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Related to disjoint: Disjoint set
v. dis·joint·ed, dis·joint·ing, dis·joints
1. To put out of joint; dislocate.
2. To take apart at the joints.
3. To destroy the coherence or connections of.
4. To separate; disjoin.
1. To come apart at the joints.
2. To become dislocated.
Having no elements in common. Used of sets.
[Middle English disjointen, to destroy, ultimately from Old French desjoint, past participle of desjoindre, to disjoin; see disjoin.]
1. to take apart or come apart at the joints
2. (tr) to disunite or disjoin
3. to dislocate or become dislocated
4. (tr; usually passive) to end the unity, sequence, or coherence of
5. (Mathematics) maths (of two sets) having no members in common
6. obsolete disjointed
1. to separate or disconnect the joints or joinings of.
2. to put out of order; derange.v.i.
3. to come apart.
4. to be dislocated; be out of joint.adj.
a. (of two sets) having no common elements.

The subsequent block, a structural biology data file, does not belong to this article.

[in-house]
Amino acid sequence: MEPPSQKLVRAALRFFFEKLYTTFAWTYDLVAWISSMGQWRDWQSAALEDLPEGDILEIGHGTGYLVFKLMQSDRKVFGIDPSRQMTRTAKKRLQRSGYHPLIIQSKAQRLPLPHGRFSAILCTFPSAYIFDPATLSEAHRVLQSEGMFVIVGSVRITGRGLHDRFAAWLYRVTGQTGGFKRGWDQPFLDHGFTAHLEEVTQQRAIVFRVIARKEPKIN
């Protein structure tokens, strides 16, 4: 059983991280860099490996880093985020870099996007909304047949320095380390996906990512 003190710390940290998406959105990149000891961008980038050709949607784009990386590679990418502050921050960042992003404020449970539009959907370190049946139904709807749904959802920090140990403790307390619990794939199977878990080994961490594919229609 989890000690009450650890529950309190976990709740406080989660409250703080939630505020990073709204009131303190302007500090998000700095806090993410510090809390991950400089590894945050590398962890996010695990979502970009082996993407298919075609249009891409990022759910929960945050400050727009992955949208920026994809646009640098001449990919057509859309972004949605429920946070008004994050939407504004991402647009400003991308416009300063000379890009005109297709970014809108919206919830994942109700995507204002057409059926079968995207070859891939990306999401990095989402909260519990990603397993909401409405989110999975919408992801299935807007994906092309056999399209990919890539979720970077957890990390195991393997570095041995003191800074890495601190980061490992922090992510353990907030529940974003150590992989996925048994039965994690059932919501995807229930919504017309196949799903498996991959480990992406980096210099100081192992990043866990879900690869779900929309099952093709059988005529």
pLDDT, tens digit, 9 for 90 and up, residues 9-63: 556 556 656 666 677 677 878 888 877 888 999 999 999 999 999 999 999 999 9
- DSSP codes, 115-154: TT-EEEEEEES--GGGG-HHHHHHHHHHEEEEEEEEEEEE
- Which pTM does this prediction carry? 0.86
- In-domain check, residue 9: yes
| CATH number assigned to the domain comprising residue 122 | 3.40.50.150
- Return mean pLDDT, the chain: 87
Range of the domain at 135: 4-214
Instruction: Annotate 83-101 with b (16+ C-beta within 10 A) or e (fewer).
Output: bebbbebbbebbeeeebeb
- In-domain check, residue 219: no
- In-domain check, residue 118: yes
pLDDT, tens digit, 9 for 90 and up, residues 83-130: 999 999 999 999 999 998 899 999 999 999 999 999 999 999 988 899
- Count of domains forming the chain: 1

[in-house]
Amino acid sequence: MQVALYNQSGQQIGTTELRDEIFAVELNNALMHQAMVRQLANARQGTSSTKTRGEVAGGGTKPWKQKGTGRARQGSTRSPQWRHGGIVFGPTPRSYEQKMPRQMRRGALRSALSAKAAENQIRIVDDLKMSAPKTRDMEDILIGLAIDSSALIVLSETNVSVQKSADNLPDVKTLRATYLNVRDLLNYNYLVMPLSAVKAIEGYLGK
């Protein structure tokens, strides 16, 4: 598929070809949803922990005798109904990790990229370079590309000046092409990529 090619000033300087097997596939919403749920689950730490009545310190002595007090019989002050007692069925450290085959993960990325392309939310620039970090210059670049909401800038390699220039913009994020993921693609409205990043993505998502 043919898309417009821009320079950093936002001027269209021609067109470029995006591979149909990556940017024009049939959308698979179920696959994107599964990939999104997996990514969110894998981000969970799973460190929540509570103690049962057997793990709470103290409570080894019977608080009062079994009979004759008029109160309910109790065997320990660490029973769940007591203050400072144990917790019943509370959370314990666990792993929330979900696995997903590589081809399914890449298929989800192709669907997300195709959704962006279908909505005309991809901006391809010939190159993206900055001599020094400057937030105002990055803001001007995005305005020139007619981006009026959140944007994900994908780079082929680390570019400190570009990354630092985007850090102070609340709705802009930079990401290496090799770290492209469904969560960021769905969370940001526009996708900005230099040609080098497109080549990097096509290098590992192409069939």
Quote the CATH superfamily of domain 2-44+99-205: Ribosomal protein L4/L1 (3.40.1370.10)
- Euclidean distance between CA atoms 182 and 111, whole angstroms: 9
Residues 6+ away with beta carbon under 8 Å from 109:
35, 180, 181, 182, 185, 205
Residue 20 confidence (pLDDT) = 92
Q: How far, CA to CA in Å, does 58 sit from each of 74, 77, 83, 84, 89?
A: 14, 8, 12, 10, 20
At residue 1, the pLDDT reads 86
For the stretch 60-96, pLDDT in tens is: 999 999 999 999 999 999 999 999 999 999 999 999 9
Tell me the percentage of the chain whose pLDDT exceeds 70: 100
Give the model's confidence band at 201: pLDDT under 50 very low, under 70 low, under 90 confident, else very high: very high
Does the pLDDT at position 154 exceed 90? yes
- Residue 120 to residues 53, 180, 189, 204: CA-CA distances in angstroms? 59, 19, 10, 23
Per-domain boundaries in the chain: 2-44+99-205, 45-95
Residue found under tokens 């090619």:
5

b. (of a system of sets) having the property that every pair of sets is disjoint.
6. Obs. disjointed; out of joint.
[1400–50; to destroy < Old French desjoint, past participle of desjoindre to disjoin]
Past participle: disjointed
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|Verb||1.||disjoint - part; cease or break association with; "She disassociated herself from the organization when she found out the identity of the president"|
|2.||disjoint - separate at the joints; "disjoint the chicken before cooking it"|
|3.||disjoint - make disjoint, separated, or disconnected; undo the joining of|
|4.||disjoint - become separated, disconnected or disjoint|
|Adj.||1.||disjoint - having no elements in common|
math, mathematics, maths - a science (or group of related sciences) dealing with the logic of quantity and shape and arrangement
separate - independent; not united or joint; "a problem consisting of two separate issues"; "they went their separate ways"; "formed a separate church"